Yesterday’s sneak peek at the iPhone 3.0 software update contained little in the way of surprises, but it did serve to underline a key point – when you buy an iPhone, you’re not just buying a piece of kit; you’re buying a platform.
Apple’s strategy seems to be one of constant update and improvement to its flagship device. Rather than attempting to coerce users into a upgrade cycle with the devices themselves, the company instead prefers to push out regular software updates every few months that add new capabilities and functionality to the handset. There are very few other companies that do this as willingly, frequently and conveniently as Apple. In truth, the improvements coming to free iPhone 3.0 are designed to plug some holes in the software that should have been fixed a long time ago – copy and paste is available at long last, as is the ability to send picture messages, to type emails using a landscape keyboard and to get push notifications from many applications. These features, and many more besides, have long been available on numerous other smartphones, and Apple’s decision to belatedly address them perhaps shows that the Californian company is starting to feel the heat from other phone makers, who have had to work hard to develop devices that could get anywhere near the iPhone’s initial promise.
Take the Pre, for instance, a make-or-break device for Palm which is turning out to be one of the most hotly anticipated gadgets of the year. Palm has ripped up the rule book with this one, starting from the ground up to rebuild an operating system around the key tenets of mobile computing and social networking, and all in a sleek, easy to use handset that has the blogosphere salivating in anticipation.
Android, too, the operating system developed in part by Google, is looking increasingly exciting and capable, and the next Android-based handset, HTC’s Magic, will offer many of the iPhone 3.0’s features as standard, straight out the box, and possess some of the ‘cool factor’ that the first Android phone, T-Mobile’s G1, has arguably lacked.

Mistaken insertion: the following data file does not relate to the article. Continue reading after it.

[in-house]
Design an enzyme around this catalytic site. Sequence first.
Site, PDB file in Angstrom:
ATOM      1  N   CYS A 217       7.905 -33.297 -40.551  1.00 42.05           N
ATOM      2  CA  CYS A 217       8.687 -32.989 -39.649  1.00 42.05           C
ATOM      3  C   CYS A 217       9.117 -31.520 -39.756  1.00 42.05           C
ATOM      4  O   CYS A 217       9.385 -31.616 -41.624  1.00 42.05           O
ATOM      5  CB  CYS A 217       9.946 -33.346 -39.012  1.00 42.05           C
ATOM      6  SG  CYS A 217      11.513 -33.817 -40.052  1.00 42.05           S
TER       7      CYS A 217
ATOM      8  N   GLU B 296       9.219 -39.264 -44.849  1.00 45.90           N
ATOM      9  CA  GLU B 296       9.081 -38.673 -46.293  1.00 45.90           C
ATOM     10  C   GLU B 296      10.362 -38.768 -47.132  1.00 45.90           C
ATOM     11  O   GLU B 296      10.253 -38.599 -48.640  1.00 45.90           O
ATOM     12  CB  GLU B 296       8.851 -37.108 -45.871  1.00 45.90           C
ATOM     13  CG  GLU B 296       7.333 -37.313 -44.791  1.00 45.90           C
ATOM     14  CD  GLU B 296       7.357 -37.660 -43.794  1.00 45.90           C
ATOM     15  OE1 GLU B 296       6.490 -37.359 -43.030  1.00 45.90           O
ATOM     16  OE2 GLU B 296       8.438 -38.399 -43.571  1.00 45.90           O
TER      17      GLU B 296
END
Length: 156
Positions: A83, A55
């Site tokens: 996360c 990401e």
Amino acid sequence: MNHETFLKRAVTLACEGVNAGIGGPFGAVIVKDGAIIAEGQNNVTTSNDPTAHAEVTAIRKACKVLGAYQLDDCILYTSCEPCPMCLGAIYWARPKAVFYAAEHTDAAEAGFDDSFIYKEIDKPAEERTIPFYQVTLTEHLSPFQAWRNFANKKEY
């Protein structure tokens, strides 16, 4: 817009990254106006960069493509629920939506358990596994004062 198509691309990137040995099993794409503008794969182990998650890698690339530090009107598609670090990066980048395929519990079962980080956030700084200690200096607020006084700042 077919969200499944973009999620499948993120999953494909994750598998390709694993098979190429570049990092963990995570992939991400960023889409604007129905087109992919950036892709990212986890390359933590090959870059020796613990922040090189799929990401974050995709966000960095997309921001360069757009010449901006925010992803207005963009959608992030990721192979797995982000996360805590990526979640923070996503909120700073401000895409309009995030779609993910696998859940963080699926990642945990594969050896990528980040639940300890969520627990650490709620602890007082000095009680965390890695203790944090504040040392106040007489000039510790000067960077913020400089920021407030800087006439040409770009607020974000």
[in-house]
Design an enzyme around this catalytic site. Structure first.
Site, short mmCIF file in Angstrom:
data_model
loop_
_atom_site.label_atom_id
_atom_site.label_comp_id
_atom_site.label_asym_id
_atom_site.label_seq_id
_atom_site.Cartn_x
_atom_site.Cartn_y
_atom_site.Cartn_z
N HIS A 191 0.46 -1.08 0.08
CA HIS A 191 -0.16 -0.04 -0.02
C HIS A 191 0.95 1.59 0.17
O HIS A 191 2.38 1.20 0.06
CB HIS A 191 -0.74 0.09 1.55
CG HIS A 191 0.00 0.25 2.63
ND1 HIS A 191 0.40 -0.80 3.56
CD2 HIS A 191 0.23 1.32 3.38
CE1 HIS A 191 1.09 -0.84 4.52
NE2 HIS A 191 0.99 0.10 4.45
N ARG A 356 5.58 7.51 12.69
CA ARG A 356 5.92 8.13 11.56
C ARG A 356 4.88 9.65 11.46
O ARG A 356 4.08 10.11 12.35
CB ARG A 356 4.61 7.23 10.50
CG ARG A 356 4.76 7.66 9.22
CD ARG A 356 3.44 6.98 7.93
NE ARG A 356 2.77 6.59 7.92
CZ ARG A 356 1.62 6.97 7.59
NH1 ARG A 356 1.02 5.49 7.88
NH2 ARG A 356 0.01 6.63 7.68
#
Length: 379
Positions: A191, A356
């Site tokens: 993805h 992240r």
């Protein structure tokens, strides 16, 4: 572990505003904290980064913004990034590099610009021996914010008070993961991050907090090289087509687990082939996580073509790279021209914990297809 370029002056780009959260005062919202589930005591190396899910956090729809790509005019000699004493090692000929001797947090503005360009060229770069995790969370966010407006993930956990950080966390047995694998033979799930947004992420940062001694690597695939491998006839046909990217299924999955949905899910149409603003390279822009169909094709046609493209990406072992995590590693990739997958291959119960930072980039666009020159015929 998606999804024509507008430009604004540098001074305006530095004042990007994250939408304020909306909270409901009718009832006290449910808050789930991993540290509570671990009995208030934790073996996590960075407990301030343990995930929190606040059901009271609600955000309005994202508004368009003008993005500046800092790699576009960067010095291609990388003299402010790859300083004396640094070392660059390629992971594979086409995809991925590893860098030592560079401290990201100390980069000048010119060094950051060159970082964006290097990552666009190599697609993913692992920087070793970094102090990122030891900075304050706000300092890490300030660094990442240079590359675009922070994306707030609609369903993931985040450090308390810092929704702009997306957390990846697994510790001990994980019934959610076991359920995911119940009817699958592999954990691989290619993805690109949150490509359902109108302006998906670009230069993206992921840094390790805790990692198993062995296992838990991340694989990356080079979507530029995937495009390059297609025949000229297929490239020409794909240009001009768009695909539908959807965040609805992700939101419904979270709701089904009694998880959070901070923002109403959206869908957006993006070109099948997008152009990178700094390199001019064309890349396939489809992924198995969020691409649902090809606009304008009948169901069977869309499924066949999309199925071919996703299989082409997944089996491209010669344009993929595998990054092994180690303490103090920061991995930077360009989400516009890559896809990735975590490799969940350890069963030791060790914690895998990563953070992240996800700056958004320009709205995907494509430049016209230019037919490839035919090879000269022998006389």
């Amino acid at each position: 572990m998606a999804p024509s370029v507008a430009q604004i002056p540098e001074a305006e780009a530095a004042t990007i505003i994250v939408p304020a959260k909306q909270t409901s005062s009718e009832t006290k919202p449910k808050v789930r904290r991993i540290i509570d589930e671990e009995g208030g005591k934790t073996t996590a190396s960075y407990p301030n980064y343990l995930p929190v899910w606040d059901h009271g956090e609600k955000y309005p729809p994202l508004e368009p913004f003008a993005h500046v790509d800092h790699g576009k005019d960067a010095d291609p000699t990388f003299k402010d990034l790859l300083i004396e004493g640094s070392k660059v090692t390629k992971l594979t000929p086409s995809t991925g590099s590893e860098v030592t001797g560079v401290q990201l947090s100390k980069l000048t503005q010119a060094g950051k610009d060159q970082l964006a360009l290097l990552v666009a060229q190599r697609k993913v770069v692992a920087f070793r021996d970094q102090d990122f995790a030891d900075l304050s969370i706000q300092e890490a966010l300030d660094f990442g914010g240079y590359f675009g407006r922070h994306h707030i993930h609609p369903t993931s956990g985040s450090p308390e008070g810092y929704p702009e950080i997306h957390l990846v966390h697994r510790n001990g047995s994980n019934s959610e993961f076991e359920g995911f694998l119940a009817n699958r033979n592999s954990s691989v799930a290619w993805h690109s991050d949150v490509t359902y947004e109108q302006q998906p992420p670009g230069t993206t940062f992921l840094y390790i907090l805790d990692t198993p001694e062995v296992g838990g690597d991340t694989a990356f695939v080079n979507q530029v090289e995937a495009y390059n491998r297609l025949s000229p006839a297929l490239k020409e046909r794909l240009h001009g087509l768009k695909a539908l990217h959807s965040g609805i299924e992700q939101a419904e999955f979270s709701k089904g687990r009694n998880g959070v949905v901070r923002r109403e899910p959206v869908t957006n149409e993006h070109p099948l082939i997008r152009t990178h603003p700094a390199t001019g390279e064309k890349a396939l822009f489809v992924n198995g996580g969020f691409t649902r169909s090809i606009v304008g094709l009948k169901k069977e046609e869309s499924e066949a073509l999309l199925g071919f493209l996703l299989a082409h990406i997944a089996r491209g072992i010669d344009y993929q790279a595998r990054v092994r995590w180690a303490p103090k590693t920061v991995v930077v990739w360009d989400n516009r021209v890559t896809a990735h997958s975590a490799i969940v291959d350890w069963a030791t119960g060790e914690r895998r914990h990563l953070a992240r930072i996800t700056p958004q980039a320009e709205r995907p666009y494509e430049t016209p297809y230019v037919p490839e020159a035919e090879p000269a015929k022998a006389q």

“The new capabilities make the iPhone better as a game machine, as a social networking tool, better as a business tool, and better as a browser,” said Ezra Gottheil, an analyst with Technology Business Research. “This can only help Apple.”
Significantly, the iPhone 3.0 update enables iPhone and iPod touch owners to wirelessly play games together or share contacts using Bluetooth or Wi-Fi, and to carry out voice chat while playing. It means the iPhone and iPod touch will mount a serious challenge to the dominance of other hand-held gaming devices, such as the Nintendo DS and Sony’s PSP. It will also consolidate the video games market as one of the most profitable for Apple, which takes a 30 per cent share of all sales made through the iTunes Application Store. Game developers will also be able to introduce micropayments into their games, enabling users to pay for extra levels, weapons or features in whatever game they are playing. Likewise other application developers of, say, a guide book, will be able to offer extra cities for download at an additional cost, or extra features not included in the basic version of the application.
The iPhone 3.0 software update is, on the face of it, simply an attempt by Apple to consolidate its market position and continue to raise the bar for its competitors. But dig a little deeper, and it becomes clear that it’s the next step in an aggressive business and marketing strategy designed to continue stimulating consumer investment in the iPhone without the costly need to develop a sufficiently improved handset to persuade consumers to upgrade, instead encouraging users to splash out on more apps and clever accessories.
Apple has shown that “upgrading” its device is as easy as pushing a software update through iTunes; that’s got to be pretty dispiriting for the chasing pack. Whether it’s enough to see off the burgeoning ambition of the Palm Pre, though, remains to be seen.
Originally posted at: Telegraph.co.uk